Southeast Asia's next renewable energy giant

With one of the fastest growing economies in the region, Vietnam has been economically resilient during the COVID-19 pandemic. Previously the country's GDP had grown at around 7% year-on-year, due to strong domestic demand and export-focused manufacturing. While GDP fell significantly in the earlier part of 2020, the economy is expected to rebound strongly in 2021.

Rapid demographic and social changes, along with economic growth and industrialization, have tripled the country's electricity consumption. In 2019, the population was 96.5 million, and this figure is expected to grow to 120 million by 2050. With consumption growing more than output, the country needs to transition urgently to renewable energy and gas turbine power generation.

Vietnam's growth story

According to the World Bank, the "miracle growth of Vietnam" is due to trade liberalization; internal deregulation lowering the cost of doing business; investment in infrastructure, and education (half of the population is under 35 years old). This has attracted Japanese and Korean electronics companies, as well as European and American clothing manufacturers.

In 2017, Vietnam was the largest exporter of clothing in the region and the second largest exporter of electronics, after Singapore. From 1986 to 2018, Vietnam's GDP per capita increased 10x, and the middle-class group is expected to make up 26% of the total population.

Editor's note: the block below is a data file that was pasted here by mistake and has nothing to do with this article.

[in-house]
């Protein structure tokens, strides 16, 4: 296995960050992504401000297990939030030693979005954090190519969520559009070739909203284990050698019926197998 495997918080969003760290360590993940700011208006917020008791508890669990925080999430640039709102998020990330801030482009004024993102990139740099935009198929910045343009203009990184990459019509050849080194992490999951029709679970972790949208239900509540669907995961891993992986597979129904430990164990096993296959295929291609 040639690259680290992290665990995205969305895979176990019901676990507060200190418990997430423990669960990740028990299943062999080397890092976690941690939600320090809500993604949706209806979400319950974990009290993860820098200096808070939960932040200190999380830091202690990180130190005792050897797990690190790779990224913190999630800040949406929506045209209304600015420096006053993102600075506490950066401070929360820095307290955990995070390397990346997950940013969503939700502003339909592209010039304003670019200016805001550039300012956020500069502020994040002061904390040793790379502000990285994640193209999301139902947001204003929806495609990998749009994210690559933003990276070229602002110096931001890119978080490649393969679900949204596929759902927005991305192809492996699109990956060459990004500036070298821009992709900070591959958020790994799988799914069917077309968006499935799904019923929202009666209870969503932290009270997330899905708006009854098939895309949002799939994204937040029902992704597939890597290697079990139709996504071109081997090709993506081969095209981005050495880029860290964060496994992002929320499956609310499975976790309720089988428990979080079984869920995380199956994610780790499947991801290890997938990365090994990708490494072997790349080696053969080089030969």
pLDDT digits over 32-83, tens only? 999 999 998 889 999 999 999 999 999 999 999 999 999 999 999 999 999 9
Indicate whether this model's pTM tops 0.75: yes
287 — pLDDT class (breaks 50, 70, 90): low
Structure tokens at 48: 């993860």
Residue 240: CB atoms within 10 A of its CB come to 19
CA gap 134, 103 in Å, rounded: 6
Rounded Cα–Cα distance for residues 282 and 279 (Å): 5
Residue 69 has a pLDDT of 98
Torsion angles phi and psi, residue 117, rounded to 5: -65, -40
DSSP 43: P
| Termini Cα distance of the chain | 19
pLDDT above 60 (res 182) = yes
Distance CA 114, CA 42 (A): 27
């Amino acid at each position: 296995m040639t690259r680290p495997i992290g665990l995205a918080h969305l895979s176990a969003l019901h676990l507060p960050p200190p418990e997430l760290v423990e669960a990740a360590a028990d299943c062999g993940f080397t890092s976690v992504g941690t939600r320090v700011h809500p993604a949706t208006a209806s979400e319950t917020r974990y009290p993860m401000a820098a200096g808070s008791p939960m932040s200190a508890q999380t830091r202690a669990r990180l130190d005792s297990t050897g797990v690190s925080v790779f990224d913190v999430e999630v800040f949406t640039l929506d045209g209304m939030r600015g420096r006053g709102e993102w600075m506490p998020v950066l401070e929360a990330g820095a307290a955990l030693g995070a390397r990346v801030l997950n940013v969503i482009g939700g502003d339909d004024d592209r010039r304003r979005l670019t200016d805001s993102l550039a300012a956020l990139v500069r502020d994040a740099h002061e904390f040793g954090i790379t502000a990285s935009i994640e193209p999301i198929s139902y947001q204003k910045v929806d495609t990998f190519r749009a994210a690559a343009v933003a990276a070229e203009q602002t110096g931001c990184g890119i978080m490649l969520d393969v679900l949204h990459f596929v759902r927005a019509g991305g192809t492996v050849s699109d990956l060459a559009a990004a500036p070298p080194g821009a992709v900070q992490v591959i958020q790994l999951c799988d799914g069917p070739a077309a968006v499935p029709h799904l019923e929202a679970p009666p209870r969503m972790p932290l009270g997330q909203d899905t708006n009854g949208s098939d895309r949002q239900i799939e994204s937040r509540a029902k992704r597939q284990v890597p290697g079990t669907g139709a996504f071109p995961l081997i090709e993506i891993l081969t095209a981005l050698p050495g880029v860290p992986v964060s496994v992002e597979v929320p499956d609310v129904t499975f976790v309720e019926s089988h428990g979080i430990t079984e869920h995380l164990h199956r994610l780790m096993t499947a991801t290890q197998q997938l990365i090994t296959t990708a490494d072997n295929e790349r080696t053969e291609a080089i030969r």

Increasing demand for electricity drives investment in renewable energy

According to Government forecasts, Vietnam's electricity consumption will increase from 55GW in 2019 to 70 GW by the end of 2022. This remarkable increase is due to urbanization, industrialization and increasing affluence (according to Fitch Ratings). Vietnam plans to increase its coal-based electricity up to 55% of the energy mix by 2025. But in parallel to building more coal power stations, Vietnam is also promoting the introduction of Renewable Energy technologies.

For Renewable Energy, Vietnam has tremendous natural resources: 4 to 5 kilowatt-hours per square meter for solar and 3,000 kilometers of coastlines, with consistent winds in the range of 5.5 to 7.3 meters per second.

A successful pathway to reduce reliance of coal requires 39 GW of wind power and 61 GW of solar power to be installed by 2030 (according to McKinsey). To encourage investment in Renewable Energy sources, Vietnam had an attractive Feed-in-Tariff (FiT) in place for projects connecting to the grid before November 2021. While there is consideration to extend the timeframe, there are also concerns to ensure the grid is not overloaded. These incentives should trigger interest that will lead to the development of many wind and solar projects, previously put on hold. 

With growth comes challenges

Locally based developers and financiers are attracted by the opportunities, but can lack deep experience in Renewable Energy projects. So capital investments are also coming from Thailand and Australia (indirectly through China). While some players have a robust project evaluation process, for others, cost seems to be the only criteria to optimize their investment.